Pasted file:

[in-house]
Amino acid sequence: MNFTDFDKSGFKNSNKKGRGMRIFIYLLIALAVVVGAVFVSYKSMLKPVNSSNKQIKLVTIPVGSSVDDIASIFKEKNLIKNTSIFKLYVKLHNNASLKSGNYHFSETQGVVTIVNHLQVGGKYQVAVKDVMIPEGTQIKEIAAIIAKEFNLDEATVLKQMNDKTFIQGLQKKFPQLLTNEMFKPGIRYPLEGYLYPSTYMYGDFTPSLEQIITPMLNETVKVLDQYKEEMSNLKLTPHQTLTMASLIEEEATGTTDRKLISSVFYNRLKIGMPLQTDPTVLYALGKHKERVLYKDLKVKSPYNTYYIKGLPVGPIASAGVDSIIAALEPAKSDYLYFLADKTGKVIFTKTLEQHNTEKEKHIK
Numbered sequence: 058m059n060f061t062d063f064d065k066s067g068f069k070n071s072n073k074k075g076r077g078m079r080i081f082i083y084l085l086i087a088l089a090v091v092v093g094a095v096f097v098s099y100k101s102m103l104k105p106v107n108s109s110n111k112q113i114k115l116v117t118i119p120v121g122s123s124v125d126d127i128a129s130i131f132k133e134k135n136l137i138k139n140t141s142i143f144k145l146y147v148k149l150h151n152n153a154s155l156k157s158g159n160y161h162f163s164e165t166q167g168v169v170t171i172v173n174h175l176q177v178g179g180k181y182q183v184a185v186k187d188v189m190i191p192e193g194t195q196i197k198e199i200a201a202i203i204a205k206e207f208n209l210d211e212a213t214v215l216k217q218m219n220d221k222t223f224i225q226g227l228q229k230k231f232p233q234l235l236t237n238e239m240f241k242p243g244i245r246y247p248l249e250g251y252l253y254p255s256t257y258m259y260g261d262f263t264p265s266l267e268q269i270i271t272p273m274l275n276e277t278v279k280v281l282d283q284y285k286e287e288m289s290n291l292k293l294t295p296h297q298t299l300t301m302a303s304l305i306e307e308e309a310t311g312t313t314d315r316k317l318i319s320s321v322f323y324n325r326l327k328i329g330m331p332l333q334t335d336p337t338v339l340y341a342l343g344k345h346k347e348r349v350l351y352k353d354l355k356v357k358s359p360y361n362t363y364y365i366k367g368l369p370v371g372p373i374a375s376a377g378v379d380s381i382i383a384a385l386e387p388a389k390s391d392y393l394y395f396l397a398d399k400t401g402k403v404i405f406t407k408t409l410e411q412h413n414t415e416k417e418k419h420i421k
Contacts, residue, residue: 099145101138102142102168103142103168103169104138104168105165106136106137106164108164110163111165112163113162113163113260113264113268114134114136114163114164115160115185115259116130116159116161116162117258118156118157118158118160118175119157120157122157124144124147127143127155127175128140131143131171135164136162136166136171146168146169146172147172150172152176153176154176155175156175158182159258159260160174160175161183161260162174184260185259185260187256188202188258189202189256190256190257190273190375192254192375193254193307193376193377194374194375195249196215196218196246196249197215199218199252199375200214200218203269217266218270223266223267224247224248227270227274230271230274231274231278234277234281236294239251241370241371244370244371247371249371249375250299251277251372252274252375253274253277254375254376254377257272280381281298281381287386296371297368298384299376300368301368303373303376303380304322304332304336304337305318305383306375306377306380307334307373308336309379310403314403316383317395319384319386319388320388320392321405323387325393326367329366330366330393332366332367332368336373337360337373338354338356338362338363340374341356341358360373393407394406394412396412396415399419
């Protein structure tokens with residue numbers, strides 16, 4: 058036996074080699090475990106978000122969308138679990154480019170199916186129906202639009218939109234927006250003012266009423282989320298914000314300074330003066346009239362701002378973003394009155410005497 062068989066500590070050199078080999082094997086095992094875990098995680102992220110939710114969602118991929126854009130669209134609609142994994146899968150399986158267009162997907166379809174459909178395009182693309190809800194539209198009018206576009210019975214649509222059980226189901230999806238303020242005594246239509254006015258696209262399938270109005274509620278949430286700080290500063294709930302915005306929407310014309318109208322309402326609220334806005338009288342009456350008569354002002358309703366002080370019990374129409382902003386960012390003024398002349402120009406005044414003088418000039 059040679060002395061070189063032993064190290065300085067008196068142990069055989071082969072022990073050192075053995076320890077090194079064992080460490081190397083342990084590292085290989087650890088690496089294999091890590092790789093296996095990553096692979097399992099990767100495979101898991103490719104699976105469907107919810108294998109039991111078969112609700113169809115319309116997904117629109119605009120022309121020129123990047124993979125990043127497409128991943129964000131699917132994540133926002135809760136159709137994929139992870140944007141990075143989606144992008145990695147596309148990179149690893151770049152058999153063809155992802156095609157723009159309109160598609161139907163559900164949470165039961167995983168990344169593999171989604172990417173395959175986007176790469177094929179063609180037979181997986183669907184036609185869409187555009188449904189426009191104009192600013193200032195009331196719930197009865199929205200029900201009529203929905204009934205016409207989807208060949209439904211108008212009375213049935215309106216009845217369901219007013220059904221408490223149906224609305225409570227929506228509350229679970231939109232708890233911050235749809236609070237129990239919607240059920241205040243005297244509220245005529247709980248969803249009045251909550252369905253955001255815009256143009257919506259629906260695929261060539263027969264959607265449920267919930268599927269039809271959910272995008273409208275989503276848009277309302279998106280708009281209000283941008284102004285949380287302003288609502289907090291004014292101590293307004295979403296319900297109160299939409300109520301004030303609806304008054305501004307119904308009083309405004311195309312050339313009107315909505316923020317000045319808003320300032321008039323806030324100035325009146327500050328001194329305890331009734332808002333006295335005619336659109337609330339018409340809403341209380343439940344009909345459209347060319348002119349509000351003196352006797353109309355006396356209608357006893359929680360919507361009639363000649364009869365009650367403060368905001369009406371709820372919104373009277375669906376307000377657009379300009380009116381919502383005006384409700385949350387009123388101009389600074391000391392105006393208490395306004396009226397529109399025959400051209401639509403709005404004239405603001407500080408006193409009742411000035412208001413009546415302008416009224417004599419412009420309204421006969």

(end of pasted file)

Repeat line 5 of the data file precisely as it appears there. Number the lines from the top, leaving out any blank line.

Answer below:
């Protein structure tokens with residue numbers, strides 16, 4: 058036996074080699090475990106978000122969308138679990154480019170199916186129906202639009218939109234927006250003012266009423282989320298914000314300074330003066346009239362701002378973003394009155410005497 062068989066500590070050199078080999082094997086095992094875990098995680102992220110939710114969602118991929126854009130669209134609609142994994146899968150399986158267009162997907166379809174459909178395009182693309190809800194539209198009018206576009210019975214649509222059980226189901230999806238303020242005594246239509254006015258696209262399938270109005274509620278949430286700080290500063294709930302915005306929407310014309318109208322309402326609220334806005338009288342009456350008569354002002358309703366002080370019990374129409382902003386960012390003024398002349402120009406005044414003088418000039 059040679060002395061070189063032993064190290065300085067008196068142990069055989071082969072022990073050192075053995076320890077090194079064992080460490081190397083342990084590292085290989087650890088690496089294999091890590092790789093296996095990553096692979097399992099990767100495979101898991103490719104699976105469907107919810108294998109039991111078969112609700113169809115319309116997904117629109119605009120022309121020129123990047124993979125990043127497409128991943129964000131699917132994540133926002135809760136159709137994929139992870140944007141990075143989606144992008145990695147596309148990179149690893151770049152058999153063809155992802156095609157723009159309109160598609161139907163559900164949470165039961167995983168990344169593999171989604172990417173395959175986007176790469177094929179063609180037979181997986183669907184036609185869409187555009188449904189426009191104009192600013193200032195009331196719930197009865199929205200029900201009529203929905204009934205016409207989807208060949209439904211108008212009375213049935215309106216009845217369901219007013220059904221408490223149906224609305225409570227929506228509350229679970231939109232708890233911050235749809236609070237129990239919607240059920241205040243005297244509220245005529247709980248969803249009045251909550252369905253955001255815009256143009257919506259629906260695929261060539263027969264959607265449920267919930268599927269039809271959910272995008273409208275989503276848009277309302279998106280708009281209000283941008284102004285949380287302003288609502289907090291004014292101590293307004295979403296319900297109160299939409300109520301004030303609806304008054305501004307119904308009083309405004311195309312050339313009107315909505316923020317000045319808003320300032321008039323806030324100035325009146327500050328001194329305890331009734332808002333006295335005619336659109337609330339018409340809403341209380343439940344009909345459209347060319348002119349509000351003196352006797353109309355006396356209608357006893359929680360919507361009639363000649364009869365009650367403060368905001369009406371709820372919104373009277375669906376307000377657009379300009380009116381919502383005006384409700385949350387009123388101009389600074391000391392105006393208490395306004396009226397529109399025959400051209401639509403709005404004239405603001407500080408006193409009742411000035412208001413009546415302008416009224417004599419412009420309204421006969």